Assessment and characterization of the total geometric uncertainty in Gamma Knife radiosurgery using polymer gels




This work proposes and implements an experimental methodology, based on polymer gels, for assessing the total geometric uncertainty and characterizing its contributors in Gamma Knife (GK) radiosurgery.


A treatment plan consisting of 26, 4-mm GK single shot dose distributions, covering an extended region of the Leksell stereotactic space, was prepared and delivered to a polymer gel filled polymethyl methacrylate (PMMA) head phantom (16 cm diameter) used to accurately reproduce every link in the GK treatment chain. The center of each shot served as a “control point” in the assessment of the GK total geometric uncertainty, which depends on (a) the spatial dose delivery uncertainty of the PERFEXION GK unit used in this work, (b) the spatial distortions inherent in MR images commonly used for target delineation, and (c) the geometric uncertainty contributor associated with the image registration procedure performed by the Leksell GammaPlan (LGP) treatment planning system (TPS), in the case that registration is directly based on the apparent fiducial locations depicted in each MR image by the N-shaped rods on the Leksell localization box. The irradiated phantom was MR imaged at 1.5 T employing a T2-weighted pulse sequence. Four image series were acquired by alternating the frequency encoding axis and reversing the read gradient polarity, thus allowing the characterization of the MR-related spatial distortions.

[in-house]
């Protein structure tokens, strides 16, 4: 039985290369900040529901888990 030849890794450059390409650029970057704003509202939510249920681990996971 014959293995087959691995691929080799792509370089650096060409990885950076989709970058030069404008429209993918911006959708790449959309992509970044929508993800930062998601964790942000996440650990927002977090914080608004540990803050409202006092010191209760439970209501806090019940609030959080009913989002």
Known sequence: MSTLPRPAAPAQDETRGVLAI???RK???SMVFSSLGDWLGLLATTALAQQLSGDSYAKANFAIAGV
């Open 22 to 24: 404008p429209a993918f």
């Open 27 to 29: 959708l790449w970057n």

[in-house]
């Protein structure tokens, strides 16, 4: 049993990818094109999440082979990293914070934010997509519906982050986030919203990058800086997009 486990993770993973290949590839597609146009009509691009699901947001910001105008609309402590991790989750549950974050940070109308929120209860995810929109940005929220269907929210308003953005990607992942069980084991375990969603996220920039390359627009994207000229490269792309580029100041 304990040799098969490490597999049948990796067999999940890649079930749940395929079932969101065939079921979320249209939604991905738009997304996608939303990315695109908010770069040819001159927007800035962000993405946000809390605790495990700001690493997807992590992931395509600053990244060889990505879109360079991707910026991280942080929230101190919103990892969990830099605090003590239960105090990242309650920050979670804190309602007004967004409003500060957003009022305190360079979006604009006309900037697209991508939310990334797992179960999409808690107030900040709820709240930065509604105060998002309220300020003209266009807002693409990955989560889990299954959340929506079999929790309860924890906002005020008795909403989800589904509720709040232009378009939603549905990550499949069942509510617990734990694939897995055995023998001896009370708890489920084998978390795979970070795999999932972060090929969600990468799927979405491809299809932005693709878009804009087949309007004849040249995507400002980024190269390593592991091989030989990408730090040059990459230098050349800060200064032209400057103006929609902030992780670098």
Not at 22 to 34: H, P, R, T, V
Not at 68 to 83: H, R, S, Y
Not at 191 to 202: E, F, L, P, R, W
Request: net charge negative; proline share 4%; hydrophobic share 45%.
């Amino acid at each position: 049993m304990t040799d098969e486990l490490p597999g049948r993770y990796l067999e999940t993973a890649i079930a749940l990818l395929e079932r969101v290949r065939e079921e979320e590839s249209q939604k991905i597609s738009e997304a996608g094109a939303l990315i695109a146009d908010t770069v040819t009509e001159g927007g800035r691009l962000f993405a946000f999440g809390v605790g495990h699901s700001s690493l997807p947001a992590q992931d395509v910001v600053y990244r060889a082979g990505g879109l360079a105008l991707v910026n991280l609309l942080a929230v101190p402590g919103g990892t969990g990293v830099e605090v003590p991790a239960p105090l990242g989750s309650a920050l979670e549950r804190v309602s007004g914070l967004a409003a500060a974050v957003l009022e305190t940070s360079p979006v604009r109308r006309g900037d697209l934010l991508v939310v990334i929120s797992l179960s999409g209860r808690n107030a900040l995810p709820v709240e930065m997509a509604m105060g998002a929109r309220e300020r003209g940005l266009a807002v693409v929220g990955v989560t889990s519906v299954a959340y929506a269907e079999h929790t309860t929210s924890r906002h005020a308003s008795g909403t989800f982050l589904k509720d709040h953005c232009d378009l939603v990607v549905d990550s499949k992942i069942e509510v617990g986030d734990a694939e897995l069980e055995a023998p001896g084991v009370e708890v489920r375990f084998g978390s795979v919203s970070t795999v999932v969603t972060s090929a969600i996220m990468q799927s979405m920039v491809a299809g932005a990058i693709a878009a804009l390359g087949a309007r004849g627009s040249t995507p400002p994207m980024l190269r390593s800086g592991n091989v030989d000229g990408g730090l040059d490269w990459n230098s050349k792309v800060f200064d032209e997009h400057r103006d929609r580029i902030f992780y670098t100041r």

MR spatial distortions stemming from main field (B0) inhomogeneity as well as from susceptibility and chemical shift phenomena (also known as sequence dependent distortions) were found to be of the order of 0.5 mm, while those owing to gradient nonlinearities (also known as sequence independent distortions) were found to increase with distance from the MR scanner isocenter extending up to 0.47 mm at an Euclidean distance of 69.6 mm. Regarding the LGP image registration procedure, the corresponding average contribution to the total geometric uncertainty ranged from 0.34 to 0.80 mm. The average total geometric uncertainty, which also includes the GK spatial dose delivery uncertainty, was found equal to (0.88 ± 0.16), (0.88 ± 0.26), (1.02 ± 0.09), and (1.15 ± 0.24) mm for the MR image series acquired with the read gradient polarity (direction) set toward right, left, posterior, and anterior, respectively.


The implemented methodology seems capable of assessing the total geometric uncertainty, as well as of characterizing its contributors, ascribed to the entire GK treatment delivery (i.e., from MR imaging to GK dose delivery) for an extended region of the Leksell stereotactic space. Results obtained indicate that the selection of both the frequency encoding axis and the read gradient polarity during MRI acquisition may affect the magnitude as well as the spatial components of the total geometric uncertainty.